Non-Fiction, Prompt, Writing

Writing Wednesday: May 6, 2020 – Prompt – River

Angies’s Post and Directions

Water, Birch, Lake, Tree, Nature, Forest, Summer, Canoe
Photo compliments of Pixabay.com

This story is based on my life so it is basically non-fiction just not using real names of family members.

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Family Canoe Trip

By Tessa Dean June 2020

The lake opened onto a small river perfect for taking a leisurely canoe trip. Usually Allen and I went alone, without the kids, but we decided that they were old enough to come with us. That eliminated the need for a babysitter as well.

A busy highway separated the lake and river and there was a very small shoulder on the side so you had to pile all the equipment as close to the edge of the woods as you could. There were several canoes going so there was a lot of equipment on the edge of the highway.

Sharon and Susan, our daughters, were running around and getting uncomfortably close to the highway. “Girls get over here and away from the road, there are too many cars riding close to the edge,” I called up to them. We were just about to carry our canoe and cooler down to the landing where there was only room for one canoe at a time. I had to yell one more time to get them to come over to the railing separating the highway and the path down to the river. Allen lifted them over so they were finally away from the highway.

We put our canoe into the water and I stepped in and walked to the front and then Allen pushed the boat out some. He lifted each girl in. They were each given a bottle of soda to eliminate the constant requests for a drink. Allen told them to not lean to either side or we could end up tipping over.

Once everyone was loaded we started to paddle out and head on down the river. We were headed for a beach area where we would stop for lunch. There was a lot of branches overhanging the water and quite a few trees that were sticking up out of the water due to the lack of rain recently. That meant getting everyone out of the canoe and lifting it over and then reloading again.

Occasionally we would encounter a lot of bushes on the side of the river bank and there were lots of overhanging branches. As Allen and I paddled along I would invariably paddle the wrong way and we would head into the bushes. He would shout, “Tessa aren’t you ever going to learn how to paddle correctly. I am tired of landing in the bushes. Really, this is ridiculous. We have been canoeing for years now.”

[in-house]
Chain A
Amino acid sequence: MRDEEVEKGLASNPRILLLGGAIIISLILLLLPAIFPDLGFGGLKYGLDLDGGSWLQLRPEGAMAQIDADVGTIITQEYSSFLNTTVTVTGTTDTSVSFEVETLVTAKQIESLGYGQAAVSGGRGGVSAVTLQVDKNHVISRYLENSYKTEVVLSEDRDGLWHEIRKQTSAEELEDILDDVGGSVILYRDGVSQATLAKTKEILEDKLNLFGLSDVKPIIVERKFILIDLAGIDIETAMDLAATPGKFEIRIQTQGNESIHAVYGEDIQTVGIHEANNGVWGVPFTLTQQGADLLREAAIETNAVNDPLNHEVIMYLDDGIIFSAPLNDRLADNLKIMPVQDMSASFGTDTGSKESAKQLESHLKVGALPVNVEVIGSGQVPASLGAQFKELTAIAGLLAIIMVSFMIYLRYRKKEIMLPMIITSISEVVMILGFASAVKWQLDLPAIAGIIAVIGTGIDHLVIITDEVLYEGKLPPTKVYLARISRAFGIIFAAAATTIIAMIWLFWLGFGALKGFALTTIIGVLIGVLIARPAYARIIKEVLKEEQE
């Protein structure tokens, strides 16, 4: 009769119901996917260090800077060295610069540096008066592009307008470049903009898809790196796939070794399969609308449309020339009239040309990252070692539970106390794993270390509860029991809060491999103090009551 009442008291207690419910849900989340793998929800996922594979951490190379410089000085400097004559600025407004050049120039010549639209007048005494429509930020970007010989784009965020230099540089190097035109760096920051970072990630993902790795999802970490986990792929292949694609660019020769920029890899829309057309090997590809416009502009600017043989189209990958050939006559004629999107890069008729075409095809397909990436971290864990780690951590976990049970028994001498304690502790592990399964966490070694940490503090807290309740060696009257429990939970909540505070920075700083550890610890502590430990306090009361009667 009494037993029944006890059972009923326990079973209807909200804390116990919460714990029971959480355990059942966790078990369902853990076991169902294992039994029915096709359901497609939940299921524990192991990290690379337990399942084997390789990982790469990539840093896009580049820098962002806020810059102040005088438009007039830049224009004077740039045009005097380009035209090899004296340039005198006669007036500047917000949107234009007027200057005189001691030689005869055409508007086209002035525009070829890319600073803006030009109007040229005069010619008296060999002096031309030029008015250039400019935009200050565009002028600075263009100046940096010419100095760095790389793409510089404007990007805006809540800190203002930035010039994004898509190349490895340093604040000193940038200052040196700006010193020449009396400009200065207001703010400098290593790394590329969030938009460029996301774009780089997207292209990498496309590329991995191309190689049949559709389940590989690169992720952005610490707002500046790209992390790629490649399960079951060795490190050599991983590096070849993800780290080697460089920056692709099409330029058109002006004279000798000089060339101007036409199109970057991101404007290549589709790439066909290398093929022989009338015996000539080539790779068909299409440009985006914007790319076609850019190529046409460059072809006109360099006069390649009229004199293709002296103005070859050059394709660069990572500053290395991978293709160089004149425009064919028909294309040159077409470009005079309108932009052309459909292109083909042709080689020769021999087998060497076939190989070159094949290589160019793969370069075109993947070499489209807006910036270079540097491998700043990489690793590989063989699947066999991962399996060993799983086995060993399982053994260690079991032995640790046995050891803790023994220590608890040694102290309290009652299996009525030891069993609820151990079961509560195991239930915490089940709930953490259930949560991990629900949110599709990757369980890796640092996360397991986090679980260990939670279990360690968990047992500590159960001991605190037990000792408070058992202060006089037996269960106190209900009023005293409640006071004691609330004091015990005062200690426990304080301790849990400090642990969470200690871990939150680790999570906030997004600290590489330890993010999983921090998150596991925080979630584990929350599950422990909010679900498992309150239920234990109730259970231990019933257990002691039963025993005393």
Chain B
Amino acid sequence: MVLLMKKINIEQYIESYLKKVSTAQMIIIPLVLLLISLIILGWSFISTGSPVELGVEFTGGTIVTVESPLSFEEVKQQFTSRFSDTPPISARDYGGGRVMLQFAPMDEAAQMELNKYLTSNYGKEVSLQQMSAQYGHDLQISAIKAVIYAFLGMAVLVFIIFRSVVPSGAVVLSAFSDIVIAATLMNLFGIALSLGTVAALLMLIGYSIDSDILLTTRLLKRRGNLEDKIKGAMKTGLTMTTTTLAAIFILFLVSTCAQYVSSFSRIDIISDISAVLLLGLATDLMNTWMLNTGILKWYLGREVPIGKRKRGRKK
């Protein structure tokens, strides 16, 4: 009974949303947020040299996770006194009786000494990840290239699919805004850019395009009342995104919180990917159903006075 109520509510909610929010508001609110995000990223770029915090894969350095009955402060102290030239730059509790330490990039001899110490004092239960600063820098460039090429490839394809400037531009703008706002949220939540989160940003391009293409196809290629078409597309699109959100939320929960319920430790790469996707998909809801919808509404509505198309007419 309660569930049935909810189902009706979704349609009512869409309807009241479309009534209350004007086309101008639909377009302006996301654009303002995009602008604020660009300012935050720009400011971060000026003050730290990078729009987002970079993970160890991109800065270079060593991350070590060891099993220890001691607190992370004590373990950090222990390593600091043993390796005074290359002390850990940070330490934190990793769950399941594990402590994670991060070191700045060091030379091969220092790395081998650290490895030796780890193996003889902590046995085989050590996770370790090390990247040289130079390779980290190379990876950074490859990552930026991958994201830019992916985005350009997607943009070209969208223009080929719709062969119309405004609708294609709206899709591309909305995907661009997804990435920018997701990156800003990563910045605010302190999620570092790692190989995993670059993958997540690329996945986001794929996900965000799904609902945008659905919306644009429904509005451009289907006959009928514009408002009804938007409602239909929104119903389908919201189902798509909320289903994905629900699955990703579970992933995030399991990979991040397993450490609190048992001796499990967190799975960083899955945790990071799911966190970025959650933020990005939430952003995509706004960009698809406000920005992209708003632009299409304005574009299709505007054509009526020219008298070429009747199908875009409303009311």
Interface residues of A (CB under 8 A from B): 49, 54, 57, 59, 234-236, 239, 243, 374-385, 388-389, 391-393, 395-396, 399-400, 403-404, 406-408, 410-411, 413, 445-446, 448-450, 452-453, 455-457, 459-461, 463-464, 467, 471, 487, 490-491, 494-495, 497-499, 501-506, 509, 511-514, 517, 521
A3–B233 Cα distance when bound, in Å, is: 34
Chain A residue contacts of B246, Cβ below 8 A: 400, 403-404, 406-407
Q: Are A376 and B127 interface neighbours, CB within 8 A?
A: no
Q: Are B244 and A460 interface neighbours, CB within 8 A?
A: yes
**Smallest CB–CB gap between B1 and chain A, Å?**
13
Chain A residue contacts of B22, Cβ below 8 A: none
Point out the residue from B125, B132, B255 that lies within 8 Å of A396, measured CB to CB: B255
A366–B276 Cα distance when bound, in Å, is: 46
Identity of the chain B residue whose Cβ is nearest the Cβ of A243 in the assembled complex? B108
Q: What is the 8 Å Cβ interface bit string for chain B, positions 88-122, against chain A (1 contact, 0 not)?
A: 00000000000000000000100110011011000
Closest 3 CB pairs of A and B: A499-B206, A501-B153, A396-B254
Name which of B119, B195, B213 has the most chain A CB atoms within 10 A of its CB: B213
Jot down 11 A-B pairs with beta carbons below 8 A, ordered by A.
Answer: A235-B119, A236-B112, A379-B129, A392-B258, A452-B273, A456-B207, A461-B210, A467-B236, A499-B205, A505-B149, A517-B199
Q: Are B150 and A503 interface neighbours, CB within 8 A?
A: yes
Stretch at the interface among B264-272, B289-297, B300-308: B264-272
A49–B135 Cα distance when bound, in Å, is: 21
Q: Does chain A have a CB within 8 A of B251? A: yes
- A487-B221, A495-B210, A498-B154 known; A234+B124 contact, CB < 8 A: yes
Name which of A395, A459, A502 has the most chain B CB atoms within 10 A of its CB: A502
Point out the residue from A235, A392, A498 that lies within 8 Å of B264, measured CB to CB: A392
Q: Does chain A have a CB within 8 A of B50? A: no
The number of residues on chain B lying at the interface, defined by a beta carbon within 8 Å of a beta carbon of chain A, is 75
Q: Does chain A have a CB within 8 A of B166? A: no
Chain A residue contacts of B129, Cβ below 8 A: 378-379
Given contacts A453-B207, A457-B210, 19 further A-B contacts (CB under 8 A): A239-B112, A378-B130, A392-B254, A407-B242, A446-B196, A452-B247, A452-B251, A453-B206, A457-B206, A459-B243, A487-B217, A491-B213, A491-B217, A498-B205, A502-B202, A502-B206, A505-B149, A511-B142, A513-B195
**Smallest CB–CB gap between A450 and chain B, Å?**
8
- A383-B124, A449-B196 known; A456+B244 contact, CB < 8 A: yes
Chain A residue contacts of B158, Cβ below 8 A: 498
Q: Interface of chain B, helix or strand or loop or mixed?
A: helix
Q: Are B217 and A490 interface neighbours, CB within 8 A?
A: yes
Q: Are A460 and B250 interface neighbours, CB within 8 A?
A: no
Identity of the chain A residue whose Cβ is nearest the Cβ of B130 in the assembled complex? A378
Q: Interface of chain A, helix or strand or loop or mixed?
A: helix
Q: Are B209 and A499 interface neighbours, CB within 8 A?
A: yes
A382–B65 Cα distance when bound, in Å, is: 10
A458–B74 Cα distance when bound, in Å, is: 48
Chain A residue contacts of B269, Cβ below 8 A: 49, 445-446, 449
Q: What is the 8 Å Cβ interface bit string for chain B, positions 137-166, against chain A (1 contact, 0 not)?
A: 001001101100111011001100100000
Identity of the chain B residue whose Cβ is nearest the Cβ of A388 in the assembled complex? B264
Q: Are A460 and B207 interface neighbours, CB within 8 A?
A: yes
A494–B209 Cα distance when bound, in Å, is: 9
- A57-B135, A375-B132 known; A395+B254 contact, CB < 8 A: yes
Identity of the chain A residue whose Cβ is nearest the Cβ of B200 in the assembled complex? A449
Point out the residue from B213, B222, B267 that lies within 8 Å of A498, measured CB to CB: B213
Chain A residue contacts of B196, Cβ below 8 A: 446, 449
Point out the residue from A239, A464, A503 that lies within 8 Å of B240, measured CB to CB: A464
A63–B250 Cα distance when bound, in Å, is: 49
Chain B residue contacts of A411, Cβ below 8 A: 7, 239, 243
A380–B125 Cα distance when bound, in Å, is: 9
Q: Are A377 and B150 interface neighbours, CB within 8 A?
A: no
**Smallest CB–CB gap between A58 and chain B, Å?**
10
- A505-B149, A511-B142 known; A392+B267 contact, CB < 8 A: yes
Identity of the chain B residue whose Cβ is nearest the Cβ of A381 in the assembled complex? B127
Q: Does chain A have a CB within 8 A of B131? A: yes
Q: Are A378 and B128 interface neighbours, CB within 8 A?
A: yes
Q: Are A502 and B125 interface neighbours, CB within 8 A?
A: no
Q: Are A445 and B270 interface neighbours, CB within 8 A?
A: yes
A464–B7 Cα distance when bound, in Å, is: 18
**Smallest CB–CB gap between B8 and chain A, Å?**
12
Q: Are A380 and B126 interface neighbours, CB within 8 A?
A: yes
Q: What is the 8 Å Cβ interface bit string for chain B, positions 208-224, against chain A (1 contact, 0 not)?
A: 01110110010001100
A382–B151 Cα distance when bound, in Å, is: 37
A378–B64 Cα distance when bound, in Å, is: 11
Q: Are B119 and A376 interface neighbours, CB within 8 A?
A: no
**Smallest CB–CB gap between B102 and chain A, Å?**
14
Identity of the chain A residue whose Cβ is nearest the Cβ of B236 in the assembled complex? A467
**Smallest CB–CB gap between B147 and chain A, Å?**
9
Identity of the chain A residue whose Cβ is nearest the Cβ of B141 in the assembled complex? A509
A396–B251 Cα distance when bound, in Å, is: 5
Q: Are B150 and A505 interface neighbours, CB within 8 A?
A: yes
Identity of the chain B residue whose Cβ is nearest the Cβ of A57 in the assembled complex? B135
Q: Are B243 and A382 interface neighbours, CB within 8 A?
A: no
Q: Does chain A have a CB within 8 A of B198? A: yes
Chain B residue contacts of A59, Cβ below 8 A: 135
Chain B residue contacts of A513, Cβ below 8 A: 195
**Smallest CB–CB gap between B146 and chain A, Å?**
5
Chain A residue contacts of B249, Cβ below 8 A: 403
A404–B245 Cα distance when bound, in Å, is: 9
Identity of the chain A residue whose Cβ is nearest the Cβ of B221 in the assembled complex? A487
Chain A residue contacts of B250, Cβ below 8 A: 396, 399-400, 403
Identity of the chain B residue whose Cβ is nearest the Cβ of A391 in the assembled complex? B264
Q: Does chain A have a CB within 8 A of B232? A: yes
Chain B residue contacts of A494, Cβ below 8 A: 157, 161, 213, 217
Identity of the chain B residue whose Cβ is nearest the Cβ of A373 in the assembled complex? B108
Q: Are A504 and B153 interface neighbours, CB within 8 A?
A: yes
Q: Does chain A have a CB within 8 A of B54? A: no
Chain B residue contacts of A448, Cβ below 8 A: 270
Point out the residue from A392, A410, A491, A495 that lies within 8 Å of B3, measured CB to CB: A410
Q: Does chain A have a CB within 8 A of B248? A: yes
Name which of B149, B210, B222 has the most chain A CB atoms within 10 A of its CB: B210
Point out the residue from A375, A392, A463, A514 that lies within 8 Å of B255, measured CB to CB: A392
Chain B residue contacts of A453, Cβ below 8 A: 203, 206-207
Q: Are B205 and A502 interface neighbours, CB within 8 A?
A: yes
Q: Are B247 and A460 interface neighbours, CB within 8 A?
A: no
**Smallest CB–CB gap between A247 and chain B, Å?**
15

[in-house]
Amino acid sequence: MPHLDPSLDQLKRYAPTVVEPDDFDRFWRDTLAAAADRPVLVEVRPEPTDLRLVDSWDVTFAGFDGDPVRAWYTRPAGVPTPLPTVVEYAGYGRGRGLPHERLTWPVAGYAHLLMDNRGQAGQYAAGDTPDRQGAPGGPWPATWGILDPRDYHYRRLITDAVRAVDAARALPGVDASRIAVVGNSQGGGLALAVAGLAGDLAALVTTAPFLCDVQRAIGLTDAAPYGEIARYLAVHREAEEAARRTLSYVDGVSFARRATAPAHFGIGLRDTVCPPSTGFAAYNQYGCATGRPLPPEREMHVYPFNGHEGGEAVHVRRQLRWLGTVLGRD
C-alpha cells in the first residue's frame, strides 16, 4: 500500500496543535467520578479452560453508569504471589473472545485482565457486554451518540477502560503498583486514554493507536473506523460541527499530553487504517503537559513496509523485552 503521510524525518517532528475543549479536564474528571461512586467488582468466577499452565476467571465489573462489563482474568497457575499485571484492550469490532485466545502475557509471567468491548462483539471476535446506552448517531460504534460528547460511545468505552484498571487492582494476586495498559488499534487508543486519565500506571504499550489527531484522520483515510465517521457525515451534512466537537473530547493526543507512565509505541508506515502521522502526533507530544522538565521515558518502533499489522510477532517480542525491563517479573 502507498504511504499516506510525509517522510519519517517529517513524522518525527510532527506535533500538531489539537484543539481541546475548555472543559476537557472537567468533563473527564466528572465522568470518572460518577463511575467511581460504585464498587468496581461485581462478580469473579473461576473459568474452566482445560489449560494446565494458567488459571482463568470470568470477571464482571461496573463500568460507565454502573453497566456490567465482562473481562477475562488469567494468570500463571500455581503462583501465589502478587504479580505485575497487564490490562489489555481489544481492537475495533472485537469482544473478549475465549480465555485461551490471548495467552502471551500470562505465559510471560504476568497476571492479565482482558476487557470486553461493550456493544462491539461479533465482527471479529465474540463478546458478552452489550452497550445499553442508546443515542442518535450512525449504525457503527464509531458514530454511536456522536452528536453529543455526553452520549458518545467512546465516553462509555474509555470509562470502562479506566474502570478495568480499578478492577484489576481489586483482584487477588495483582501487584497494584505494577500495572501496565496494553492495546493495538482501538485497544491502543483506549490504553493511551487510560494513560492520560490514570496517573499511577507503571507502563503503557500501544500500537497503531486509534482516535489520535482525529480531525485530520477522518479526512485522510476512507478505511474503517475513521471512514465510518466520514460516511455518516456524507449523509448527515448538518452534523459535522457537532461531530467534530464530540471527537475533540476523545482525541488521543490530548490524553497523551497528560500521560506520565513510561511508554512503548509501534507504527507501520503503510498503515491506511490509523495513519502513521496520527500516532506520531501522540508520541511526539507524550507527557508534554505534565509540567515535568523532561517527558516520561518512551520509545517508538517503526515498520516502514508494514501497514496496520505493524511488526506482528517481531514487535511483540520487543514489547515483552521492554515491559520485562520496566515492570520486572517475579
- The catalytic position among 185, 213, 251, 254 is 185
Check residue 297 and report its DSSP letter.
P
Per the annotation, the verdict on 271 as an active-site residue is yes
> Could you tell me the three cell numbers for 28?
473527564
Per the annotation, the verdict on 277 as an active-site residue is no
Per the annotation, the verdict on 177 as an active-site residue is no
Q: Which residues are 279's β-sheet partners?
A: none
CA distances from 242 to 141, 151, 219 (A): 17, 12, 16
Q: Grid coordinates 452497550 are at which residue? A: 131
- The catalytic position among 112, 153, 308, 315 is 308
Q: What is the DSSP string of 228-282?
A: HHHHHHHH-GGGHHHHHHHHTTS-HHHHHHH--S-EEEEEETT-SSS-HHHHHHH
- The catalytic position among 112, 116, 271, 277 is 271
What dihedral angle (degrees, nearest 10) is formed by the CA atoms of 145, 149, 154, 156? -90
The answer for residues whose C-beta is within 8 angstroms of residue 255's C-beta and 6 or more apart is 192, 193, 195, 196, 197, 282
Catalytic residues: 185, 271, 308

I don’t know what he was complaining about because I was the one who ended up in the bushes since I was in the front. It annoyed me no end and we fought about it constantly. Now we weren’t the only one fighting. I swear there should be a divorce court at the last landing because most of us were ready to divorce at the end of the trip. We had people actually get out of the canoe and refuse to ride with whoever they were with. It was amusing if you weren’t also fighting.

Things calmed down and we headed out again. We were approaching a large tree with long branches hanging down over the water. It was off to one side and there was enough room to go around it, but I managed to steer us right into it and all four of us leaned to the same side. Whoops, the canoe overturned.

Rising to the surface Allen and I searched for the kids. They had life preservers on and were brought to the surface, but before our eldest daughter surfaced we saw her arm holding her soda up in the air. We all had to laugh at that one.

However, we now had a problem on our hands. Not only did we have to empty our canoe that was filled with water, gather the floating stuff that hadn’t been tied in, and get back in, but our daughters were crying and refused to get back into our canoe.

Allen tried to pick one up and put her in and she kicked and screamed at him. Same with the other one. They weren’t going to get back in. Some of our friends had stopped when we overturned in case we needed help. One of them offered to take the kids with them. We had no choice, but to agree. They weren’t getting back in with us.

We managed to get back into our canoe that had water in the bottom. It is hard to empty a canoe completely when you can’t get off onto dry land to empty it. Everyone took off again with us trailing behind. Allen couldn’t stop complaining about what I did. I wasn’t the one who decided that we should all lean the same way. Maybe we should have made a decision on that before leaving. We had never tipped over before. Others had, but we hadn’t. I was more concerned about the kids. That was pretty traumatic for them although it did not stop them from going canoeing again. It was also the last time we tipped over.

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